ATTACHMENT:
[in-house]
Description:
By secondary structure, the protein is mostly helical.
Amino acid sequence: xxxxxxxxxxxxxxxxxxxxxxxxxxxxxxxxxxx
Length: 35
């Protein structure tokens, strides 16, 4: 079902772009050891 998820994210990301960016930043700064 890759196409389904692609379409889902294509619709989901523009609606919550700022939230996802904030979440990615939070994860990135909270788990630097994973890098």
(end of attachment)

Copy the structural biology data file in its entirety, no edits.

[in-house]
Description:
By secondary structure, the protein is mostly helical.
Amino acid sequence: xxxxxxxxxxxxxxxxxxxxxxxxxxxxxxxxxxx
Length: 35
């Protein structure tokens, strides 16, 4: 079902772009050891 998820994210990301960016930043700064 890759196409389904692609379409889902294509619709989901523009609606919550700022939230996802904030979440990615939070994860990135909270788990630097994973890098």